meet the supreme designer quietly shaking up nyc menswear

Proper Gang's ring leader, Max Vanderwoude Gross, tells us about joining Supreme’s team.

by Emily Manning
31 August 2015, 5:30pm

Back in February, we profiled the 10 emerging designers making waves in New York's design scene. One of those designers was Max Vanderwoude Gross, the 28-year-old Maryland native behind menswear brand Proper Gang. Since 2012, Max has been steadily crafting his own language -- ever-so-slightly shaking up classic codes by thoughtfully injecting a fresh, young perspective (think pique polos with transparent mesh paneling or boxy, cropped tailored trousers). Proper Gang's pieces are clean and casual, but never short on character. So when we heard Max had been tapped, very quietly, as Supreme's newest designer, it made perfect sense. Both brands don't shout, they speak for themselves. We caught up with Max to let him do the talking.

Tell us about Proper Gang's upcoming season. What's the general mood or direction?
Generally speaking, our approach to each season doesn't change drastically. We look to stay rooted in our belief system and, at the same time, push things forward within the world we are working on building.

Silhouette is such a strong aspect of Proper Gang's DNA. When the brand launched, those shapes were streamlined and slightly cropped. How has it evolved?
While a cropped pant has become a staple of ours, overall, we work to have the clothes fit well. It's like how we approach fabric: we go with what feels right for each individual style. Some things we don't want to see fitted so we make the style a bit loose. We work on creating a piece that feels authentic, relevant and interesting without being overly designed.

Proper Gang launched about three years back. How do you feel contemporary menswear has changed since then?
It's a cliche, but Proper Gang was started partly to make clothes we wanted to wear and couldn't find. In general, the menswear market has become much more saturated, which I guess is a good thing for the consumer because now they have more options. I can get pretty critical about it all, but I won't.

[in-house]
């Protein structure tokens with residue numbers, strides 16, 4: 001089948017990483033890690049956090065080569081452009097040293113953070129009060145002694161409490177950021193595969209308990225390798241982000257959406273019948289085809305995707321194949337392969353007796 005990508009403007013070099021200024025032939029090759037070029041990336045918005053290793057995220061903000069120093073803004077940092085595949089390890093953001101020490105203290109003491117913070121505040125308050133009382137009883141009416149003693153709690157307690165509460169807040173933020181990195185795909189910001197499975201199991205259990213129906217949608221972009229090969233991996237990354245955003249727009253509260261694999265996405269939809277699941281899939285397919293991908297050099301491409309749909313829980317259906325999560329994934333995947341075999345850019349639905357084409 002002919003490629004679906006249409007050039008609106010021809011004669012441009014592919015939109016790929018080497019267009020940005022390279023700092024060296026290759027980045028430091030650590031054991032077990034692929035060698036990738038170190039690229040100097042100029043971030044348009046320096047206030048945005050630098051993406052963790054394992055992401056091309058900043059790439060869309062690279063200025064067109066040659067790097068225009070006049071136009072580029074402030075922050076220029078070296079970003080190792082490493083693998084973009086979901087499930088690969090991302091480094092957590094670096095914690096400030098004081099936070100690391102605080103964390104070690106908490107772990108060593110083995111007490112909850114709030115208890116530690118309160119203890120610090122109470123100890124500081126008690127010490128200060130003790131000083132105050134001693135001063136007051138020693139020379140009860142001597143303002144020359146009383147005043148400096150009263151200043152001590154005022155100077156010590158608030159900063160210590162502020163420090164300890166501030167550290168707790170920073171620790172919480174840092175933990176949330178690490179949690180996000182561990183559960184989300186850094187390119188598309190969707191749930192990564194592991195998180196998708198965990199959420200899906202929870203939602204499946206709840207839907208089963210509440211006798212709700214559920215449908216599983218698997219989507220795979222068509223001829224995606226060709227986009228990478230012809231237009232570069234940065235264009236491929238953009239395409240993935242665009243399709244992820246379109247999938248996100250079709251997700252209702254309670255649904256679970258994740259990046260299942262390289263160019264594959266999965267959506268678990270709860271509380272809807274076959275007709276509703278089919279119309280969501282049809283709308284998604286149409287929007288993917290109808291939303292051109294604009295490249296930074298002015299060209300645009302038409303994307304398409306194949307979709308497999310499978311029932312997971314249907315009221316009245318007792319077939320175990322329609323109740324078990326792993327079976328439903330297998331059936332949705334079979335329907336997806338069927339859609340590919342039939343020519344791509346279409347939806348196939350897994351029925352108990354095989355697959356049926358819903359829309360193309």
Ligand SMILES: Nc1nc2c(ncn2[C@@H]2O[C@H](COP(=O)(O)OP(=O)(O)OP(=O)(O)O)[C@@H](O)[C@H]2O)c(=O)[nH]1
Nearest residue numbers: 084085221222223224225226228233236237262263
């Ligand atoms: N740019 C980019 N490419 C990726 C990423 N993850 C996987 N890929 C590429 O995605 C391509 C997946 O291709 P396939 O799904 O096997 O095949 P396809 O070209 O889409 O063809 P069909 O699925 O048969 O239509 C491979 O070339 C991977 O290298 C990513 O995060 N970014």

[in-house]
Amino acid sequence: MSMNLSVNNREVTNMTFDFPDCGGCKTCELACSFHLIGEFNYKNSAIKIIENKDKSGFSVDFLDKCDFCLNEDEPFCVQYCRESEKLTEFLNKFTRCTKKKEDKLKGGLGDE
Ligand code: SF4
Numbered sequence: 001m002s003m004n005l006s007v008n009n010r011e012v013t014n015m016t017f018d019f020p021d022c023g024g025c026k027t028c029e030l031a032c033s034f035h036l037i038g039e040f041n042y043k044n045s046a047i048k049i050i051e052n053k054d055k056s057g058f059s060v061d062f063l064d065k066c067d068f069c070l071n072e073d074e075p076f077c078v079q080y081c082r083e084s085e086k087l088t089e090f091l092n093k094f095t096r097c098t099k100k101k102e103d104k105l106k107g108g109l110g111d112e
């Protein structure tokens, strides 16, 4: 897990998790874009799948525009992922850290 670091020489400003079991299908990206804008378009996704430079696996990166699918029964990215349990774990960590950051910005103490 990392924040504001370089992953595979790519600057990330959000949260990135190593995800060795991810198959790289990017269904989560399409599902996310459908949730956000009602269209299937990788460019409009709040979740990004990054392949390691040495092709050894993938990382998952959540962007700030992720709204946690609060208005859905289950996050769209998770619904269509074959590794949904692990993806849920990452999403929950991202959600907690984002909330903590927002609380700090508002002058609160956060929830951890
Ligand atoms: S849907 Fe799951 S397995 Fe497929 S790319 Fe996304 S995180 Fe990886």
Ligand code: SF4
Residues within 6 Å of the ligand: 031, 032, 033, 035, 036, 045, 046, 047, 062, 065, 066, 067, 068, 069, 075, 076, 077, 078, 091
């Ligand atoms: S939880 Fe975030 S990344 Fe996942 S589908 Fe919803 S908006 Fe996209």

You don't come from a design background. How do you feel that's shaped your approach?
I don't have a fashion design background, but I have studied other areas of design. I've always been an observer and something of an outsider. Also, not being a great technician in a specific craft has forced me over time to develop an eye for, very simply put, what is good and what isn't. It has become an instinct. What I'm working on now has come to be in an organic way. It all feels very natural and not forced, which is how I approach design.

How did you become involved with Supreme?
An early supporter of Proper Gang made an introduction.

Do your responsibilities at Supreme differ greatly from what your role at Proper Gang entails?
My responsibilities don't vary too much, but I get to focus more at Supreme -- at Proper Gang, I wear many hats.

Graphics aren't featured heavily in Proper Gang's designs, although they play an important role in many of Supreme's. Have you given any thought to how you'll approach graphics moving forward?
Early on, we didn't use graphics mainly as a reaction to seeing too much of that done poorly. Since then, graphics have found a place in the line that feels authentic to us. If you follow what we do, you will begin to see our approach.

Collaboration is also an important element of Supreme's oeuvre. If you could work with anyone, who would it be?
Dreams do come true, so no comment.

Although there are European elements discernable in Proper Gang's designs, both it and Supreme feel distinctly New York. What is it about this city that inspires you?
New York is where I live; it's where my family is from -- all the way back to when they immigrated here through through Ellis Island in the late 1800s. So its history is part of my history. The artists, the bums, the youth, the defiant, the fringe, the hustle, the culture, the summers, the winters, the characters who have called it home. There is a rich past and there are some refreshing movements happening now. I could write an essay on it. But ultimately, you either get it or you don't -- and I like that.

What are your hopes for the future?
I hope to achieve a vacation soon.


Text Emily Manning
Photography Jerome Corpuz
Grooming Dana Boyer

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